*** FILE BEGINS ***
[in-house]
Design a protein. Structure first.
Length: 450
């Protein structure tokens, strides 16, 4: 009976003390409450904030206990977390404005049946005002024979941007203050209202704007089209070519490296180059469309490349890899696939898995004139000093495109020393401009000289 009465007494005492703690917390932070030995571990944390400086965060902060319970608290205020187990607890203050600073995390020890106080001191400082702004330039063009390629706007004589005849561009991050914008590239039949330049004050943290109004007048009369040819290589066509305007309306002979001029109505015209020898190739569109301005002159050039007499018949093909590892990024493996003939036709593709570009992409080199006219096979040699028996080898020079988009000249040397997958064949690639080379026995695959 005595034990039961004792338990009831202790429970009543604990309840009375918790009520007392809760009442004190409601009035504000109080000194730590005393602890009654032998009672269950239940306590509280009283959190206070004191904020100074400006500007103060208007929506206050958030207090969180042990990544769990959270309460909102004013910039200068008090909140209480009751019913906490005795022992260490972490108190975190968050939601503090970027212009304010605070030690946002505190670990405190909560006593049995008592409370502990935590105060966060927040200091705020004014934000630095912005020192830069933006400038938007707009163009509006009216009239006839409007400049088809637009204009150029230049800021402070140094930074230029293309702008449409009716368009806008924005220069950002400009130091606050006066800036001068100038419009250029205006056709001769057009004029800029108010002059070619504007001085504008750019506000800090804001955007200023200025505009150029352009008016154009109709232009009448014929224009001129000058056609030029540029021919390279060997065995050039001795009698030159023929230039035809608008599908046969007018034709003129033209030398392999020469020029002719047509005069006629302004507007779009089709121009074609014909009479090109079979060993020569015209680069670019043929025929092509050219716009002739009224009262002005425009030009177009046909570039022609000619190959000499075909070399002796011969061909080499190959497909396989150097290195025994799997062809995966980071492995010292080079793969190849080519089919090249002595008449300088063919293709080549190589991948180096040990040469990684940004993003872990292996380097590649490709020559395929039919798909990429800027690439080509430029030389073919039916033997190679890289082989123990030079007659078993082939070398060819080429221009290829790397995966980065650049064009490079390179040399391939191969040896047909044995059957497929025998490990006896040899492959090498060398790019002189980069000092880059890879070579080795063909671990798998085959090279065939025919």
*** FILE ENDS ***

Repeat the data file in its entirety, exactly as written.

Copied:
[in-house]
Design a protein. Structure first.
Length: 450
């Protein structure tokens, strides 16, 4: 009976003390409450904030206990977390404005049946005002024979941007203050209202704007089209070519490296180059469309490349890899696939898995004139000093495109020393401009000289 009465007494005492703690917390932070030995571990944390400086965060902060319970608290205020187990607890203050600073995390020890106080001191400082702004330039063009390629706007004589005849561009991050914008590239039949330049004050943290109004007048009369040819290589066509305007309306002979001029109505015209020898190739569109301005002159050039007499018949093909590892990024493996003939036709593709570009992409080199006219096979040699028996080898020079988009000249040397997958064949690639080379026995695959 005595034990039961004792338990009831202790429970009543604990309840009375918790009520007392809760009442004190409601009035504000109080000194730590005393602890009654032998009672269950239940306590509280009283959190206070004191904020100074400006500007103060208007929506206050958030207090969180042990990544769990959270309460909102004013910039200068008090909140209480009751019913906490005795022992260490972490108190975190968050939601503090970027212009304010605070030690946002505190670990405190909560006593049995008592409370502990935590105060966060927040200091705020004014934000630095912005020192830069933006400038938007707009163009509006009216009239006839409007400049088809637009204009150029230049800021402070140094930074230029293309702008449409009716368009806008924005220069950002400009130091606050006066800036001068100038419009250029205006056709001769057009004029800029108010002059070619504007001085504008750019506000800090804001955007200023200025505009150029352009008016154009109709232009009448014929224009001129000058056609030029540029021919390279060997065995050039001795009698030159023929230039035809608008599908046969007018034709003129033209030398392999020469020029002719047509005069006629302004507007779009089709121009074609014909009479090109079979060993020569015209680069670019043929025929092509050219716009002739009224009262002005425009030009177009046909570039022609000619190959000499075909070399002796011969061909080499190959497909396989150097290195025994799997062809995966980071492995010292080079793969190849080519089919090249002595008449300088063919293709080549190589991948180096040990040469990684940004993003872990292996380097590649490709020559395929039919798909990429800027690439080509430029030389073919039916033997190679890289082989123990030079007659078993082939070398060819080429221009290829790397995966980065650049064009490079390179040399391939191969040896047909044995059957497929025998490990006896040899492959090498060398790019002189980069000092880059890879070579080795063909671990798998085959090279065939025919």